Carrie Schmitt was questioning love.
On a broader scale, she was questioning “goodness and kindness in a sometimes harsh and heartbreaking world.” Her heart was hardening and she was becoming cynical.
Then the self-described romantic bought herself a rose and skipped out of the store with a smile on her face.
And she noticed passers-by smiled at her rose, too.
Then she realized that “everybody needs a rose.”
The Sammamish resident had been waiting for her “true love” to bring her a rose like her grandfather did every month for her grandmother.
Turns out, she said, she’s supposed to give the roses, not receive them.
Now, Schmitt, of Sammamish, is on a mission to give at least one stranger a rose every day for a year. In return, all she hopes for is a story.
“To me that’s how we connect to one another, through our stories,” she said.
It can be any story, though she aims to collect those related to love, magic, mystery, soul, spirit, serendipity or roses.
Sometimes her roses provoke special memories — one single mother told Schmitt the rose reminded her of her son, who would give her a rose every Father’s Day. Recently she gave a rose to a woman who had just found out she was pregnant, a good sign for the new life, they thought.
“We have those really cool moments,” she said. “These stories give me chills.”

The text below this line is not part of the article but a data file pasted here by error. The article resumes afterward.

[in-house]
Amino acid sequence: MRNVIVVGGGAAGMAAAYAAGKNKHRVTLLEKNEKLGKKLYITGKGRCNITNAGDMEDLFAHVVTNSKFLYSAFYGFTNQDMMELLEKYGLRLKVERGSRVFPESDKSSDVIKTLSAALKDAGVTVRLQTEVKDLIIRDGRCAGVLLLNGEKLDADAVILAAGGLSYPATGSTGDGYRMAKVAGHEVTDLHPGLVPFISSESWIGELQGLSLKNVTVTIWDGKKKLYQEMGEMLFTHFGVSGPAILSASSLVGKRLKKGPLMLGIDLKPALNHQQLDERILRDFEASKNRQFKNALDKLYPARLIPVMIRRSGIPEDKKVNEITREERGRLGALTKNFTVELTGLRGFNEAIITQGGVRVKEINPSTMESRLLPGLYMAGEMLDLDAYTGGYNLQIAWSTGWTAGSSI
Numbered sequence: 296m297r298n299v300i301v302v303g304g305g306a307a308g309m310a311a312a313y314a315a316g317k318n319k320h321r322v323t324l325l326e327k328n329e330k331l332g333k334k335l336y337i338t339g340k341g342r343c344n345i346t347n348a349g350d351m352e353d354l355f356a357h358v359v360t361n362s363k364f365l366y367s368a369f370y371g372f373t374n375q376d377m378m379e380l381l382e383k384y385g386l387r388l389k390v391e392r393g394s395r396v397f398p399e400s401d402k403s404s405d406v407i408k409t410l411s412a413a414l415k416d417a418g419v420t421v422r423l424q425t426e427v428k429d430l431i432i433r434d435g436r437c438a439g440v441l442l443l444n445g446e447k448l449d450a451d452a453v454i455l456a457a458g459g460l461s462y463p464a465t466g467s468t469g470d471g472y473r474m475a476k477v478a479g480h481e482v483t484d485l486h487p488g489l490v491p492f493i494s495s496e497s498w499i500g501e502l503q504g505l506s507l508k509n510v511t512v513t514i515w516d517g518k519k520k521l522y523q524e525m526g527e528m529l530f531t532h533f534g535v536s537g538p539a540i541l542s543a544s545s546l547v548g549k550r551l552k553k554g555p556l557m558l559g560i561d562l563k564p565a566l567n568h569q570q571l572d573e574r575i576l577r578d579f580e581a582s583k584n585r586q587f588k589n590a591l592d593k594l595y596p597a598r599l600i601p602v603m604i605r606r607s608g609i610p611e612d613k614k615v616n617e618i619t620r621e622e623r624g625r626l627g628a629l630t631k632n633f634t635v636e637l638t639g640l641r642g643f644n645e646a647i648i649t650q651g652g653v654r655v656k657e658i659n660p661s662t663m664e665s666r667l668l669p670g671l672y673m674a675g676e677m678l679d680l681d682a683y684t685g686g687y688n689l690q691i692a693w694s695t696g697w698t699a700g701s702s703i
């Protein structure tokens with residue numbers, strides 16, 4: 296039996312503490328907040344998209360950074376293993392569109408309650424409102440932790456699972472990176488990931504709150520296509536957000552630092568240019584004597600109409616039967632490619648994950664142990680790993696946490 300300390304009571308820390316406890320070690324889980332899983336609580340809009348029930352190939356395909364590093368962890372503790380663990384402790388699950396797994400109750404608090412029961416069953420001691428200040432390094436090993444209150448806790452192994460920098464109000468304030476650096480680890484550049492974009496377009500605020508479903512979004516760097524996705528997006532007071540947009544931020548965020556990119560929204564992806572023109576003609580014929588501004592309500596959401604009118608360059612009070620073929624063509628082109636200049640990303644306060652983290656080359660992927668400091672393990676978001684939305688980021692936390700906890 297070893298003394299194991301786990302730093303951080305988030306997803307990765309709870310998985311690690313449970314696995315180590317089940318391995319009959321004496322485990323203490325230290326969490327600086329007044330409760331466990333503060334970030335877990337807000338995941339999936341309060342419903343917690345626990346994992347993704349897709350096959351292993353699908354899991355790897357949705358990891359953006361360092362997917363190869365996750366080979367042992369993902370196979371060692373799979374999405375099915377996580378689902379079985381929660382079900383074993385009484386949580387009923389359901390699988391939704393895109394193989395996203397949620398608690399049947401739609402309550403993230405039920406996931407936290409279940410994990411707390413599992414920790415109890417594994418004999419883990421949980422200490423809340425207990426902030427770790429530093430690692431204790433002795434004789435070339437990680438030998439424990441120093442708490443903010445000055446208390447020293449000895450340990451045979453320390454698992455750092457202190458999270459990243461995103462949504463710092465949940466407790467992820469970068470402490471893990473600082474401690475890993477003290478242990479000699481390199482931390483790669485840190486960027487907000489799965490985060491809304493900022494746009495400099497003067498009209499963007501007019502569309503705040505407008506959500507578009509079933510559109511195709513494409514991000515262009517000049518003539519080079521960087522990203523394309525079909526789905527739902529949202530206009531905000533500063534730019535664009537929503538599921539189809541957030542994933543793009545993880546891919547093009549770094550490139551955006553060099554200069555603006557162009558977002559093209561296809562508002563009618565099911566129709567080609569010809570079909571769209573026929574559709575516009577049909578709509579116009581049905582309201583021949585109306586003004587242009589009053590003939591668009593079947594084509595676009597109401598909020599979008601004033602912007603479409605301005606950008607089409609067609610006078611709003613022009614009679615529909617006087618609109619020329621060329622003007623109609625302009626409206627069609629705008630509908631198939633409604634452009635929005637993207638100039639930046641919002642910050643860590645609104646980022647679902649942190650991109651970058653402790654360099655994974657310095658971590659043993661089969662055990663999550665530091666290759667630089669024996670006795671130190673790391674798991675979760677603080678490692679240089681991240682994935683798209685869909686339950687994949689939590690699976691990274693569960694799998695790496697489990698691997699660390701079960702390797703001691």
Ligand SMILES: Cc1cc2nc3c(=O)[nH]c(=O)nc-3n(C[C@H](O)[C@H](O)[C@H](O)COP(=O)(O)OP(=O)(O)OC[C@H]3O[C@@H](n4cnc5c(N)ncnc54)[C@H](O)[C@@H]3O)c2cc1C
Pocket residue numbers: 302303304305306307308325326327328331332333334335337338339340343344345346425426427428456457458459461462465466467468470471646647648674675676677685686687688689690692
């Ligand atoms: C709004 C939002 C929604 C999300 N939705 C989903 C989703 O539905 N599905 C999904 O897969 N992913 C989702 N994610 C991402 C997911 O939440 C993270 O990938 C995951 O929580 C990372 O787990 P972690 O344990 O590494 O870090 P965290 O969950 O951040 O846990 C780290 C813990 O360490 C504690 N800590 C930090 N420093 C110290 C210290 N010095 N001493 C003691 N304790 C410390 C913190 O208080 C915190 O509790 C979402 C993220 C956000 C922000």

Sometimes it simply sparks a conversation, like it did on May 12 when Schmitt wondered through Pine Lake Park handing out roses to fishermen, city of Sammamish parks crew members, a Sammamish police officer and students wandering over after having just got out of school.
Schmitt’s mission, which she’s calling “A Single Rose Project,” aims to keep love and goodness alive in a harsh world. It was inspired by her grandparents.
Schmitt has given roses out every day for more than 30 days. She said she can’t wait to give out her rose, though sometimes she gets nervous and worries people will find her weird.
But she’s found that most people are pleasantly surprised and willing to share a peice of themselves with her.
“This is important for me to do,” she said.
The project is a way to soften people and to show them that there’s still goodness in the world.